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First, I know this question might have been asked by several times, see here, for an example. Before someone may want to mark it as dulplicate, I would like to calrify what I want to ask.

Mainly, I am asking for a rigorous proof, or why it is rigorous enough?

Notes: I will be considering simple polygon.

Consider the answer of this post by Misha Lavrov,

What makes things worse is that people often work with polygons on a somewhat intuitive level

I agree with this.

I definitely know that

$$Interior\space\angle\space sum\space of\space a\space N-sided\space polygon=(N-2)180^\circ$$ as every high school text shall states.

Most of the proofs which I have seen about the problem, has a similar idea as the accepted answer of this post.

Main idea of the proof:

For a polygon, we will just select points to join segments, and then we can devide the polygon into several pieces, and by $\angle$ sum of $\triangle$, we can find the $\angle$ sum of the polygon.

This proof is very intuitive, but I don't think it is rigorous enough, as I wonder, can we still connect every vertex to the point, even for a extremely ugly concave polygon, to seperate the polygon, into several $\triangle$s, such that each of the interior $\angle$ of each of the $\triangle$s is in an interior $\angle$ of the polygon and won't be counted twice. For an explaination and example for what I said right above, see below.

e.g.)

For a 'ugly' 23-sided polygon, which I drew 'randomly':enter image description here As in the image above, I discovered a way to divide the polygon into 21 pieces of $\triangle$, while it sounds to be eligible. However, I don't think this will certainly happen, if the polygon is even more ugly. How to explicitly consider the case, when different $\triangle$ share a same interior $\angle$ in the proof?

Also, as I asked above, can we always find a way to devide it properly? (I think it is important to prove it)

I also considered the way in this post.

For the induction part, asumming the $\angle$ sum formula for polygon is true for $N$-sided polygon. Then, consider any $N+1$-sided polygon, I used to think that we can select $2$ vertex which is saperate by one vertex in middle (can I present it more precisely?), join them together, and we form a $\triangle$ (Do we need to consider whether 'convex'enter image description here or 'concave'enter image description here?). Then we form a $N$-sided polygon, and by the induction hypothesis and $\angle$ sum of $\triangle$, we can prove the formula holds for $N+1$.

But, moreover, do we need to consider this caseenter image description here and/or this caseenter image description here, when the remaining polygon might not be $N$-sided?

TO SUM UP, How can we consider all possible cases and make a rigorous proof? Most importantly, I want a justification of the constructability(I mean whether the graph is constructable/valid, not for the Compass-and-straightedge construction)and generality of a graph, if there is a graph in the proof.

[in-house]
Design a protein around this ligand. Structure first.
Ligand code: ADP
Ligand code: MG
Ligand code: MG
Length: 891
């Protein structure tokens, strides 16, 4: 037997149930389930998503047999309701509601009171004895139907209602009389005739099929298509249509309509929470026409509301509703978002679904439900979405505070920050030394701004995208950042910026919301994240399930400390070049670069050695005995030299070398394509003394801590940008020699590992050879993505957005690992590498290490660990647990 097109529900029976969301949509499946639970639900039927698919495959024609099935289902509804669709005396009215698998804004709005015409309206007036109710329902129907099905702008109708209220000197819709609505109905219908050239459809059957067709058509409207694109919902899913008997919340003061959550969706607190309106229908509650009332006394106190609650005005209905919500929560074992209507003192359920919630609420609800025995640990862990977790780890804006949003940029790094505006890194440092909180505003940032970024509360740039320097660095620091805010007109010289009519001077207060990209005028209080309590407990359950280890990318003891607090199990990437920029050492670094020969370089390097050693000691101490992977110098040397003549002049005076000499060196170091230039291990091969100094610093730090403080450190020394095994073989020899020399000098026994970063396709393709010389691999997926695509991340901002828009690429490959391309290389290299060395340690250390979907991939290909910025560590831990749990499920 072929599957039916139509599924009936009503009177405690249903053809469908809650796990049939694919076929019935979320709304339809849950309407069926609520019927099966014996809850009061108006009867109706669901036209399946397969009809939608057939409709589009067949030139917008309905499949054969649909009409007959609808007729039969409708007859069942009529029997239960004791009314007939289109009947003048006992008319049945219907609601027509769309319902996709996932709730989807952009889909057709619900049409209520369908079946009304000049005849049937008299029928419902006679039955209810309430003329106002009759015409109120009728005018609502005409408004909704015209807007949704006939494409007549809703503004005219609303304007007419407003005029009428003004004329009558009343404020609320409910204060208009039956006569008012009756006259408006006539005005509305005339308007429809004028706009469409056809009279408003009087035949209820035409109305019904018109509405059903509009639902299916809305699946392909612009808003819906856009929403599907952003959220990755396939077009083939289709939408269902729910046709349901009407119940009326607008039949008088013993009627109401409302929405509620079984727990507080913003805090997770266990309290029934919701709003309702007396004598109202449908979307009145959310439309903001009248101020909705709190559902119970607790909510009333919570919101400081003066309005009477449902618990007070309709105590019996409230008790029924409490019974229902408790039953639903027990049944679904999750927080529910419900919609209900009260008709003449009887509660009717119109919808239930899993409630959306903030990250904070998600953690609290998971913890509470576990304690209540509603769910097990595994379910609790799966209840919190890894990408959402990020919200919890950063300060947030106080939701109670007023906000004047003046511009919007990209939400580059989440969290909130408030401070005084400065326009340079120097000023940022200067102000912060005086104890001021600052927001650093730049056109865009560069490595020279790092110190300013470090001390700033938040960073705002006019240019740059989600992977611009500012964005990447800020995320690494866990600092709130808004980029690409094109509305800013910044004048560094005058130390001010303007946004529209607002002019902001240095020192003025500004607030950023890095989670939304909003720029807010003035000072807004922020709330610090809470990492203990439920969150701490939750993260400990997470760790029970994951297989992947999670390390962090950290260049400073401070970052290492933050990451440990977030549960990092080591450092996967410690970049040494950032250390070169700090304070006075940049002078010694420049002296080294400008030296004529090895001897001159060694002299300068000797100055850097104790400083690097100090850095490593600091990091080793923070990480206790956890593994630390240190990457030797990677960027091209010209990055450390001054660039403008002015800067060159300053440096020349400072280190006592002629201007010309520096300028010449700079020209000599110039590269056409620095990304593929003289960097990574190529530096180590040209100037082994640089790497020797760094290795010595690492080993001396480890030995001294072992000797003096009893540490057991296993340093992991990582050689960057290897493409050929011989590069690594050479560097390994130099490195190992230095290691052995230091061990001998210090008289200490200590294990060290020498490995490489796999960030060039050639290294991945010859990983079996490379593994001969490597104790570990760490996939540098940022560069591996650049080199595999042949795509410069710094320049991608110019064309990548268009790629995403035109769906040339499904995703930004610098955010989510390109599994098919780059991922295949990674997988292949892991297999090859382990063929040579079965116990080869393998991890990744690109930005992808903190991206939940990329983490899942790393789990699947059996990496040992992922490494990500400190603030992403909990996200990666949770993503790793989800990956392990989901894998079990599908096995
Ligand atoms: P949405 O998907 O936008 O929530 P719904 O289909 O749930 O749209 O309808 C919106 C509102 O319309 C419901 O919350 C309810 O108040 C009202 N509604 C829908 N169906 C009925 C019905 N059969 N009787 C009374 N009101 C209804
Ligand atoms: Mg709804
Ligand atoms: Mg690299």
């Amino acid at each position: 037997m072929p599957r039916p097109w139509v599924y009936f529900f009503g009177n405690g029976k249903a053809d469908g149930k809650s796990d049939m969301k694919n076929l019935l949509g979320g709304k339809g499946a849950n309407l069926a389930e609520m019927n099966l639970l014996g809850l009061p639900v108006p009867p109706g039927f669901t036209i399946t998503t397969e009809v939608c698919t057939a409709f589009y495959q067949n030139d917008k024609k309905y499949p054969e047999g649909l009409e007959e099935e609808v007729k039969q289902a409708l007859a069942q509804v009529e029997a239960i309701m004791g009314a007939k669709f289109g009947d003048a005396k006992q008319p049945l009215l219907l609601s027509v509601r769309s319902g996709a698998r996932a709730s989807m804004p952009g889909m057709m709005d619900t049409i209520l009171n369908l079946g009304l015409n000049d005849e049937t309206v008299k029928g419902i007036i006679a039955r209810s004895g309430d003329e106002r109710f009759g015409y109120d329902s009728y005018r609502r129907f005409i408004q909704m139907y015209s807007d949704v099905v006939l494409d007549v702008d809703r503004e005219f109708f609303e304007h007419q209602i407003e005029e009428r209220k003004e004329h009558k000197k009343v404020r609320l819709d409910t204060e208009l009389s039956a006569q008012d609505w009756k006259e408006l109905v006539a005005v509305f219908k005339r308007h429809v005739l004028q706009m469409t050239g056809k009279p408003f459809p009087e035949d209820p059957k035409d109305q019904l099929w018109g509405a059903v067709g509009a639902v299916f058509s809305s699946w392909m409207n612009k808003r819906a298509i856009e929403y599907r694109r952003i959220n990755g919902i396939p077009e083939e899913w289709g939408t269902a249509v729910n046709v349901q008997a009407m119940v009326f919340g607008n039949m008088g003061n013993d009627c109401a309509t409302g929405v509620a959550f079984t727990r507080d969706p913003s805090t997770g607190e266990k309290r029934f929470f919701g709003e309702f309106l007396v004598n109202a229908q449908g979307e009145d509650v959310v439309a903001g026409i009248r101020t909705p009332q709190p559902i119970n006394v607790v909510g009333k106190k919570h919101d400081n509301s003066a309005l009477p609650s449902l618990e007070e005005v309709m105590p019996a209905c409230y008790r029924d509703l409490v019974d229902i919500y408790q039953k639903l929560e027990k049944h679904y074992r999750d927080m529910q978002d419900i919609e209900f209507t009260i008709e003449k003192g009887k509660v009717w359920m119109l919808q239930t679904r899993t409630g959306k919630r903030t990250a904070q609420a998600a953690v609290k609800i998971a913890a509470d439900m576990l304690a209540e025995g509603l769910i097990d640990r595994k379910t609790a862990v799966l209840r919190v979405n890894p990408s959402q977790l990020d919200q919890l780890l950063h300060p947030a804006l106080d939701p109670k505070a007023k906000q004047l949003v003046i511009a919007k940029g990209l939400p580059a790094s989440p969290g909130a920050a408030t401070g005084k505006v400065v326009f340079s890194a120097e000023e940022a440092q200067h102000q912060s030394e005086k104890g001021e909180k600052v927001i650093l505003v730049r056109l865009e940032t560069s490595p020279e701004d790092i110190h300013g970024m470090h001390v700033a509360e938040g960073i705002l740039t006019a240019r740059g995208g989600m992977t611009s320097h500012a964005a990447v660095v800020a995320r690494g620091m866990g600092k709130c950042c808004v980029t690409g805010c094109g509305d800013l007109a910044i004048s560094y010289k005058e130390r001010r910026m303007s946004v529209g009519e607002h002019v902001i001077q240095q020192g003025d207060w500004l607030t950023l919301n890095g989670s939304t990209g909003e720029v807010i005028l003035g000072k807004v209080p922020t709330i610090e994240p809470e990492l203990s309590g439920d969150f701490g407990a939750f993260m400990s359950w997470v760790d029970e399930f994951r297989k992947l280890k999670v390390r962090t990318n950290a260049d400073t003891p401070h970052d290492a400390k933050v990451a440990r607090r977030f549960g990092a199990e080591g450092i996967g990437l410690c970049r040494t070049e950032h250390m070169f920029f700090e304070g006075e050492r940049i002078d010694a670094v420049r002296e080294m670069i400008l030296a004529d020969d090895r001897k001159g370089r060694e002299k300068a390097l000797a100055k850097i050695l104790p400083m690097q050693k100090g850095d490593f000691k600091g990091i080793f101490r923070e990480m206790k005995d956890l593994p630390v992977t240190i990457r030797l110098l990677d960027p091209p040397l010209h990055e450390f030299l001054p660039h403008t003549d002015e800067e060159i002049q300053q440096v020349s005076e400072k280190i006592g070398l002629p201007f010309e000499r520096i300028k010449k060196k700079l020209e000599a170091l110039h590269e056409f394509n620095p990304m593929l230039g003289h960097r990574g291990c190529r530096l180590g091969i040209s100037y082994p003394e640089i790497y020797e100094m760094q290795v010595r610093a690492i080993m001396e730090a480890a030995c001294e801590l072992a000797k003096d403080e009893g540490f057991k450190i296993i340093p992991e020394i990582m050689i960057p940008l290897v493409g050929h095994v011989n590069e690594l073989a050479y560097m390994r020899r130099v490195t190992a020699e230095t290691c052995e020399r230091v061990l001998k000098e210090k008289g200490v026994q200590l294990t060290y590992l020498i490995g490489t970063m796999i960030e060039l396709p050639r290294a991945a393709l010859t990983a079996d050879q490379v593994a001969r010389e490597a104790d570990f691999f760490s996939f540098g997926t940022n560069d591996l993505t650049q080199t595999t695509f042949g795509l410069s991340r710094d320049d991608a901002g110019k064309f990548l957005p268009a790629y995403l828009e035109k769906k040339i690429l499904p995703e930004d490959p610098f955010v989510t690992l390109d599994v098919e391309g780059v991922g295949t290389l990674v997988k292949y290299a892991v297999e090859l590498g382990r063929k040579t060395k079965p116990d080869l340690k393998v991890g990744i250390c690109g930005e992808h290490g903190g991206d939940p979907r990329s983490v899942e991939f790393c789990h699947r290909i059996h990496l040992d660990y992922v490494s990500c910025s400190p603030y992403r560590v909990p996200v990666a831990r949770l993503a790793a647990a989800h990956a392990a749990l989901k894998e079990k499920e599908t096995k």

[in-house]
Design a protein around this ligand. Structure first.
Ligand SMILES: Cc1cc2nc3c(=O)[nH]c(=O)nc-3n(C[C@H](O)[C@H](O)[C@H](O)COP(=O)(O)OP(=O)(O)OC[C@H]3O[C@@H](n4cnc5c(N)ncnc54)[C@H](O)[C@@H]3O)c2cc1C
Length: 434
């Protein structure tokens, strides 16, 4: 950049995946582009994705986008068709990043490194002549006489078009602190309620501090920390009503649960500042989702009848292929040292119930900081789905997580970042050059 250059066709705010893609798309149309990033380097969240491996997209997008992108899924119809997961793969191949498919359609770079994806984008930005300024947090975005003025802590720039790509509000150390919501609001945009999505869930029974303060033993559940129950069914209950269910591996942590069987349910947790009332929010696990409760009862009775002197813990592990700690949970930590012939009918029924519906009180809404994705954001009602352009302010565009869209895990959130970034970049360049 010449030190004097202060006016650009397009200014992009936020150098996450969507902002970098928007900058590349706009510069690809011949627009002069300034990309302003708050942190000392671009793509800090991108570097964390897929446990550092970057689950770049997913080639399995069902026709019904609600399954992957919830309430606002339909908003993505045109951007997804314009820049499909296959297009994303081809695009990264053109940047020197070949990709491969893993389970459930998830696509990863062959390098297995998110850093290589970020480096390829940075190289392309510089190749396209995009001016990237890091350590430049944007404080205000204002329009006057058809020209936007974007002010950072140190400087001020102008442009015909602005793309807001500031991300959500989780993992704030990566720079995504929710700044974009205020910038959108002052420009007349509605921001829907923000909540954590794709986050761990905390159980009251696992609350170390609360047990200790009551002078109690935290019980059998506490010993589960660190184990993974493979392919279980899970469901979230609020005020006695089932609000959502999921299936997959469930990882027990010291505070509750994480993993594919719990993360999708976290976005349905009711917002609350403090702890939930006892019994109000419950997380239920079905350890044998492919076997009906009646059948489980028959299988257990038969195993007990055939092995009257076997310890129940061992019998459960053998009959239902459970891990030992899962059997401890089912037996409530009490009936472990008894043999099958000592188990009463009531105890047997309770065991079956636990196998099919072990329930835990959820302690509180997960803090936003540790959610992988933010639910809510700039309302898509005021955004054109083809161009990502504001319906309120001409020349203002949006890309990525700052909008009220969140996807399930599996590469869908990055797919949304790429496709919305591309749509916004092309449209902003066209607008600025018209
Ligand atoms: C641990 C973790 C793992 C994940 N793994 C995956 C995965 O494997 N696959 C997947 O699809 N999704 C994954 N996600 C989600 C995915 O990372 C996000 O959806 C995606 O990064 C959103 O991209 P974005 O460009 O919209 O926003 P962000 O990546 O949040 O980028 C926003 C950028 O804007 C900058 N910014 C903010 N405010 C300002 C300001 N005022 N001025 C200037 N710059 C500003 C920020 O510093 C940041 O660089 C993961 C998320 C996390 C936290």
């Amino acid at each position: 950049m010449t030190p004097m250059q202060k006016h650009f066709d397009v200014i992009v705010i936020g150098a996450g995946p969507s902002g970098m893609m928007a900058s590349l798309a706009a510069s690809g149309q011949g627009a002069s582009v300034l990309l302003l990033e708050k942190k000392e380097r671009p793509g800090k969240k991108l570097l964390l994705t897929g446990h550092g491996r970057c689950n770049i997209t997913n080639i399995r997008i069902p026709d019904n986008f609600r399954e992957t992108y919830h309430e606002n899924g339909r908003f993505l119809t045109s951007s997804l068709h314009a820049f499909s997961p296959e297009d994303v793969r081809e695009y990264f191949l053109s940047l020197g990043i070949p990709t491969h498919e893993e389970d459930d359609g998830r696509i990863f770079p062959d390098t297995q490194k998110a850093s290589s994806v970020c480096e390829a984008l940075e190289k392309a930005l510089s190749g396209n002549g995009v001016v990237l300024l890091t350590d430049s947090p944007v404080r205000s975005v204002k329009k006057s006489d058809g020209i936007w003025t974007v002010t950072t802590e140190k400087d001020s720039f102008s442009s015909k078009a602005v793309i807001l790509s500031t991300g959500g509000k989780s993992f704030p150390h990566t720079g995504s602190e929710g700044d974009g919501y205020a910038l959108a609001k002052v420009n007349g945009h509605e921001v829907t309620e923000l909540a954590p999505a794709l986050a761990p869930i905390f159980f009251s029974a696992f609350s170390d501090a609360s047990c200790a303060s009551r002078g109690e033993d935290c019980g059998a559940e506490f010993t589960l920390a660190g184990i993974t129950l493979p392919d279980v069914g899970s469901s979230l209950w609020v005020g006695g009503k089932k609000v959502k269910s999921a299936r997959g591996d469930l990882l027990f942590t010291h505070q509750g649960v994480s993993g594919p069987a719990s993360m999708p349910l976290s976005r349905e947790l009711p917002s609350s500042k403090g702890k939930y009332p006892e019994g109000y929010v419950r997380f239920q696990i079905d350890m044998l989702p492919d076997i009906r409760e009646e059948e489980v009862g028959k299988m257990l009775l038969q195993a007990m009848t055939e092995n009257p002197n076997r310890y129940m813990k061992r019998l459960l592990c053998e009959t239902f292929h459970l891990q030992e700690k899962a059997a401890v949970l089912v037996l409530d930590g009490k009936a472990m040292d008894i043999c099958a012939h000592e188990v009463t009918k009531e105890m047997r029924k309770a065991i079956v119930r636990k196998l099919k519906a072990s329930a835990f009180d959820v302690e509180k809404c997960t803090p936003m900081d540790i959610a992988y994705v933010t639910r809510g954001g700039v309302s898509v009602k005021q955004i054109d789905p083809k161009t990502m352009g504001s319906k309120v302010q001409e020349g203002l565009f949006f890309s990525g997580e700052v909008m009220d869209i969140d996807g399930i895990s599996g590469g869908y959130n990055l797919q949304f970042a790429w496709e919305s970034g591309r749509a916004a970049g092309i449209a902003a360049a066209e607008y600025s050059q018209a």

Remember, as I said above, I am looking for a rigorous proof, not an usual one.

Thank you so much for your answer :)

NOTES:Does the ways in this help?

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  • $\begingroup$ Why not use induction. Then all you have to do is to draw a diagonal to reduce to a polygon with few sides? $\endgroup$ – almagest Feb 19 '18 at 13:26
  • $\begingroup$ @almagest Can you explain what you think with a rigorous proof as an answer? $\endgroup$ – Tony Ma Feb 19 '18 at 13:28
  • $\begingroup$ @almagest I had been considering induction also, but I cannot complete an rigorous proof, as stated above in the post. $\endgroup$ – Tony Ma Feb 19 '18 at 13:29
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The key fact is that every simple polygon, not necessarily convex, can be decomposed into $n-2$ triangles by drawing $n-3$ diagonals. Then the sum of the interior angles of the polygon is equal to the sum of interior angles of all triangles, which is clearly $(n-2)\pi$.

The existence of triangulations for simple polygons follows by induction once we prove the existence of a diagonal. For a proof, see Chapter 1 of Discrete and Computational Geometry by Devadoss and O'Rourke. This chapter is freely available. The picture below from that chapter that captures the gist of the proof:

enter image description here

See also Diagonals: Feature Column from the AMS by Malkevitch.

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  • $\begingroup$ Adapted from math.stackexchange.com/questions/1103253/…. $\endgroup$ – lhf Feb 19 '18 at 13:30
  • $\begingroup$ Sorry, I just can't find a link of the freely available chapter... $\endgroup$ – Tony Ma Feb 19 '18 at 13:39
  • $\begingroup$ @TonyMa, see Resources in the book page. $\endgroup$ – lhf Feb 19 '18 at 13:40
  • $\begingroup$ oic, thanks, I will read it later. $\endgroup$ – Tony Ma Feb 20 '18 at 9:59

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